This idea is instilled into the BJP and its sister organisation Rashtriya Swayamesevak Sangh (RSS), a powerful paramilitary group with millions of members throughout India. The principle that some people have a greater claim than others to being Indian has found its way into the most powerful offices in the country, and judging by Modi’s consecutive election wins, it has stuck with a public base.

Modi’s 2019 election campaign could been named ‘Make India Great Again’, as he led a fiercely ‘Pro-India’ nationalistic campaign which centred on anti-immigration. Particularly focussing on Muslim immigrants from Bangladesh coming to India illegally and causing mass unemployment, matching the inflammatory rhetoric of a Trump’s MAGA campaign, Home Secretary Amit Shah referred  to these immigrants as ‘termites’ in India, cleaving out the powerful ‘Us versus Them’ distinction that is classic in nationalist politics.

The tribalist distinction has evidently taken root, as hate crime against Muslims in India has soared since Modi throughout Modi’s administration. Lynchings, murders, and assaults show a desperately alarming trend of hate crimes committed against Indian Muslims, whilst Modi and the BJP are consistent in their apathy or vindication.

December 2019, Modi introduced the Citizenship Amendment Act (CAA) granting immigrants from three neighbouring countries asylum from religious persecution. On the one condition: that they are not Muslim, sparking widespread protest against the new blatantly discriminatory law.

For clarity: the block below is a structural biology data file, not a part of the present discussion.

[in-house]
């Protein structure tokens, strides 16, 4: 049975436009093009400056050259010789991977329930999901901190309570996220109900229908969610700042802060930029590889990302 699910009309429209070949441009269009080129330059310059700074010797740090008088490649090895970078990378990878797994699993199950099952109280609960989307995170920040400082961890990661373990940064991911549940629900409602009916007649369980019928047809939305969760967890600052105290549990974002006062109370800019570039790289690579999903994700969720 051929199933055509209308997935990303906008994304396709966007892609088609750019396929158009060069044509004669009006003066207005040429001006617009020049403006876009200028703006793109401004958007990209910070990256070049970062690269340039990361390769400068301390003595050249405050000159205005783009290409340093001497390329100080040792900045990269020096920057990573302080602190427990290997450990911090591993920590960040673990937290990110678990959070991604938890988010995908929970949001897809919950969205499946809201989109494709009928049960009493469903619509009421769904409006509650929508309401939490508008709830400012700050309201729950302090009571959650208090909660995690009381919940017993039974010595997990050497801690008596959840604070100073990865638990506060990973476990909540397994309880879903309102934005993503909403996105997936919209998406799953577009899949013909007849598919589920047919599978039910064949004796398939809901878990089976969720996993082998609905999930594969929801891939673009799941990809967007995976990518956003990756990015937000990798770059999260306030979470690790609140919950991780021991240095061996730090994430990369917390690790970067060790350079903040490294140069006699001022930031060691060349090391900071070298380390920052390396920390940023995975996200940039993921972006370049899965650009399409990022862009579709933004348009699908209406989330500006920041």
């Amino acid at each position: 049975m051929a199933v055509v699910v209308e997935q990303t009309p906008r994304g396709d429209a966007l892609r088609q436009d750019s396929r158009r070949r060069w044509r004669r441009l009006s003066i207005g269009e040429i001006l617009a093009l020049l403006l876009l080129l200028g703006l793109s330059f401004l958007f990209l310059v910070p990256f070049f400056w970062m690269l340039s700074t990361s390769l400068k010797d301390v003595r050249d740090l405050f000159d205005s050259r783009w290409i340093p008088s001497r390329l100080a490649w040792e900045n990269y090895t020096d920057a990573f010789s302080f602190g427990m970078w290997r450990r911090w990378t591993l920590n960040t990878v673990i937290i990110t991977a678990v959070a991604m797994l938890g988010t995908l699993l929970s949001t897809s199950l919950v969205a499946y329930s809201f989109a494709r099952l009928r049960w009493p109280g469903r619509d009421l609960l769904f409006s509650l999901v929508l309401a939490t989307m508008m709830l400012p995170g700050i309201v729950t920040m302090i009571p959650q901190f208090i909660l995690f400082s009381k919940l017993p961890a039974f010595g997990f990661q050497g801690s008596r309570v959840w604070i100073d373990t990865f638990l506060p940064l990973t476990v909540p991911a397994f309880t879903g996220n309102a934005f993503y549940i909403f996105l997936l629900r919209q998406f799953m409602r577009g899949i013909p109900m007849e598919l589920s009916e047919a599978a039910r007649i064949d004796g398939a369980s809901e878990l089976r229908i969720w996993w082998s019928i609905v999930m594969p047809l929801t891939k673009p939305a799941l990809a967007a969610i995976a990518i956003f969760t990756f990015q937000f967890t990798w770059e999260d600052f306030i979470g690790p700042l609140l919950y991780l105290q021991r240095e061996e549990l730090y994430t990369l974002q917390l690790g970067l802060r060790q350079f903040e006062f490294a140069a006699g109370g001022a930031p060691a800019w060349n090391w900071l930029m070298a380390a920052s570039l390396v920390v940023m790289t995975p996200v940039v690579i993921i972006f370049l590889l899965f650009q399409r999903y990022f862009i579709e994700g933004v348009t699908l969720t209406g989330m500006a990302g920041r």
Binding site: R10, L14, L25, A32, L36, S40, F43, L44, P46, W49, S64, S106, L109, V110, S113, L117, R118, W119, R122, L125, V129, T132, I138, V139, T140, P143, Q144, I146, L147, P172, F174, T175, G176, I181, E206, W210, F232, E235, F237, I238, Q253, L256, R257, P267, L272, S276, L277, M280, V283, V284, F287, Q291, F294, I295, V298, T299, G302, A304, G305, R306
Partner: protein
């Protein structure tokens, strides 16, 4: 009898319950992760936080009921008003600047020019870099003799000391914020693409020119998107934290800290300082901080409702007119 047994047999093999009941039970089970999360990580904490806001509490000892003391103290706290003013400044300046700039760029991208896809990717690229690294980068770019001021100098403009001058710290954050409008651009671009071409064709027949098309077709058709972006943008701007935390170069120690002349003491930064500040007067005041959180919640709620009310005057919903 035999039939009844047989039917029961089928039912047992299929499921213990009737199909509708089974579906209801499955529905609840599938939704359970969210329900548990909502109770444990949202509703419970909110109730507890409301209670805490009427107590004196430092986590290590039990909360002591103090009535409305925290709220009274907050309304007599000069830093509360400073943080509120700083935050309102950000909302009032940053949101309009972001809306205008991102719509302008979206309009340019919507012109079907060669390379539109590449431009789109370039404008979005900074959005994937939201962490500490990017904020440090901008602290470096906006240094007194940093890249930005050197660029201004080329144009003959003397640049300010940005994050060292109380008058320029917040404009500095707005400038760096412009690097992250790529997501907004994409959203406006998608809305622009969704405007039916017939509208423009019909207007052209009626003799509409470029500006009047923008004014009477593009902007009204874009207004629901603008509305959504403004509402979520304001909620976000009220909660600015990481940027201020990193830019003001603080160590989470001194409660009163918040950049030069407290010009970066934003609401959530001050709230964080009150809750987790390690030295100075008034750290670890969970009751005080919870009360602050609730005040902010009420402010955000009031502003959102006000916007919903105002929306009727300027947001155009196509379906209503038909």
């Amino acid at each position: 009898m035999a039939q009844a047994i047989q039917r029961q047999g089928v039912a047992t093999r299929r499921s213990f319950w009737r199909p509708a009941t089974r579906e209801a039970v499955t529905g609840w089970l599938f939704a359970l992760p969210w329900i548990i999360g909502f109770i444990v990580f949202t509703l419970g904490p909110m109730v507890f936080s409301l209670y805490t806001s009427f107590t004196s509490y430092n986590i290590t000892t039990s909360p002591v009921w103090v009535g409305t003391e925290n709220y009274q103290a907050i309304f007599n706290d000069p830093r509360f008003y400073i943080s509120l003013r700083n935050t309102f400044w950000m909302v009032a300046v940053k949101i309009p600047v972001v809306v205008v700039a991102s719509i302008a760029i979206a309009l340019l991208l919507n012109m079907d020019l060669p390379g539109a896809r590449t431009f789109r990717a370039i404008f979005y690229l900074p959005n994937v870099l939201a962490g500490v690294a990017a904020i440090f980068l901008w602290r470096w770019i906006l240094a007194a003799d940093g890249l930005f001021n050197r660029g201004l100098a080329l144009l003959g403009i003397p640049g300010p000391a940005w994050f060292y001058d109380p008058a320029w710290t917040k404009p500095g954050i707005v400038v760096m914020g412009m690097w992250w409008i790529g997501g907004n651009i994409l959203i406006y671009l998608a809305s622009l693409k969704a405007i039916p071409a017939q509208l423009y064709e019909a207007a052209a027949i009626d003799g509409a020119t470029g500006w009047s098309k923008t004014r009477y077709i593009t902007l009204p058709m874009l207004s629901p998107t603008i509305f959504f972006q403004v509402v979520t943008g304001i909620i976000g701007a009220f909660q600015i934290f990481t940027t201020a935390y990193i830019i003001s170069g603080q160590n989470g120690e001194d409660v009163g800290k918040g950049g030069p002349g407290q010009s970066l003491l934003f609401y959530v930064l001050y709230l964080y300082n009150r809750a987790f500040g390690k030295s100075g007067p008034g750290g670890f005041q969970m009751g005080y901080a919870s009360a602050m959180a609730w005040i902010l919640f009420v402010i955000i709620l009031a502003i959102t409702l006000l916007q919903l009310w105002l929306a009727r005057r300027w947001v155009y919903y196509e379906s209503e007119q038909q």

Whilst Modi continues to frame this act as a ‘narrow use of the law’ that is being blown out of proportion by political adversaries, this law has also been framed as India’s first ‘Nuremberg Law’, as religious discrimination in India has made the leap from rhetorical to enforceable.

The road to authoritarianism

Increased government control over India’s population is not a novel phenomenon, it is now easier to draw comparisons between India and the surveillance state of China than other liberal democracies.

In a severe and shocking move in 2019, the Indian PM oversaw the removal of Jammu and Kashmir’s special semi-autonomous status. Historically, these regions had their own constitution, flags, and administrative authority, all of which were nullified by what was described as a flagrant assault on identity and self-determination.